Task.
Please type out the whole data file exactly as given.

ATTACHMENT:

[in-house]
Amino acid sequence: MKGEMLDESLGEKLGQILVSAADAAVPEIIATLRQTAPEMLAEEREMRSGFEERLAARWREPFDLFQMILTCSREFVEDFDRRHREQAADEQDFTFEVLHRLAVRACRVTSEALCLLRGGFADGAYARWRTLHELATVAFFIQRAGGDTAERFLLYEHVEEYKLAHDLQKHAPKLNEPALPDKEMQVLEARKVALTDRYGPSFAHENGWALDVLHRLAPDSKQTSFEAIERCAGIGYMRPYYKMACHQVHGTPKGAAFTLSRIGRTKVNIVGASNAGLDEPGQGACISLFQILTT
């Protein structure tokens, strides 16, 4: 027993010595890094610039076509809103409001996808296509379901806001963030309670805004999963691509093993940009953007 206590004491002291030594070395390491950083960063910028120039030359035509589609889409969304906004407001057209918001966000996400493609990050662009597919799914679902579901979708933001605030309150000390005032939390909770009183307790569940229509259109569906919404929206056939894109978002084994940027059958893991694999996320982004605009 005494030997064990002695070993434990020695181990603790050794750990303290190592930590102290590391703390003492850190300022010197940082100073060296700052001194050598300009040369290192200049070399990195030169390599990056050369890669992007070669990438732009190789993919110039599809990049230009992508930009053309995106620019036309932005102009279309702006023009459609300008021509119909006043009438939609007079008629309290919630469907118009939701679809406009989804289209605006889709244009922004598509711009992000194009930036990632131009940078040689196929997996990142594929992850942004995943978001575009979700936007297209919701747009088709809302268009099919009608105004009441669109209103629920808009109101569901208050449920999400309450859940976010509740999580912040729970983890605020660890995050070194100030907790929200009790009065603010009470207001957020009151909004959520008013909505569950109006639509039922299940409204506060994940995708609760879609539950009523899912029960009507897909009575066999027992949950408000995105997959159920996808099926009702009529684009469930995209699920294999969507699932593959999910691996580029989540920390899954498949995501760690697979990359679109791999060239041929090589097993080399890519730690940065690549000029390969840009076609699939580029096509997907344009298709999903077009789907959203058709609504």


[in-house]
Amino acid sequence: MKGEMLDESLGEKLGQILVSAADAAVPEIIATLRQTAPEMLAEEREMRSGFEERLAARWREPFDLFQMILTCSREFVEDFDRRHREQAADEQDFTFEVLHRLAVRACRVTSEALCLLRGGFADGAYARWRTLHELATVAFFIQRAGGDTAERFLLYEHVEEYKLAHDLQKHAPKLNEPALPDKEMQVLEARKVALTDRYGPSFAHENGWALDVLHRLAPDSKQTSFEAIERCAGIGYMRPYYKMACHQVHGTPKGAAFTLSRIGRTKVNIVGASNAGLDEPGQGACISLFQILTT
């Protein structure tokens, strides 16, 4: 027993010595890094610039076509809103409001996808296509379901806001963030309670805004999963691509093993940009953007 206590004491002291030594070395390491950083960063910028120039030359035509589609889409969304906004407001057209918001966000996400493609990050662009597919799914679902579901979708933001605030309150000390005032939390909770009183307790569940229509259109569906919404929206056939894109978002084994940027059958893991694999996320982004605009 005494030997064990002695070993434990020695181990603790050794750990303290190592930590102290590391703390003492850190300022010197940082100073060296700052001194050598300009040369290192200049070399990195030169390599990056050369890669992007070669990438732009190789993919110039599809990049230009992508930009053309995106620019036309932005102009279309702006023009459609300008021509119909006043009438939609007079008629309290919630469907118009939701679809406009989804289209605006889709244009922004598509711009992000194009930036990632131009940078040689196929997996990142594929992850942004995943978001575009979700936007297209919701747009088709809302268009099919009608105004009441669109209103629920808009109101569901208050449920999400309450859940976010509740999580912040729970983890605020660890995050070194100030907790929200009790009065603010009470207001957020009151909004959520008013909505569950109006639509039922299940409204506060994940995708609760879609539950009523899912029960009507897909009575066999027992949950408000995105997959159920996808099926009702009529684009469930995209699920294999969507699932593959999910691996580029989540920390899954498949995501760690697979990359679109791999060239041929090589097993080399890519730690940065690549000029390969840009076609699939580029096509997907344009298709999903077009789907959203058709609504």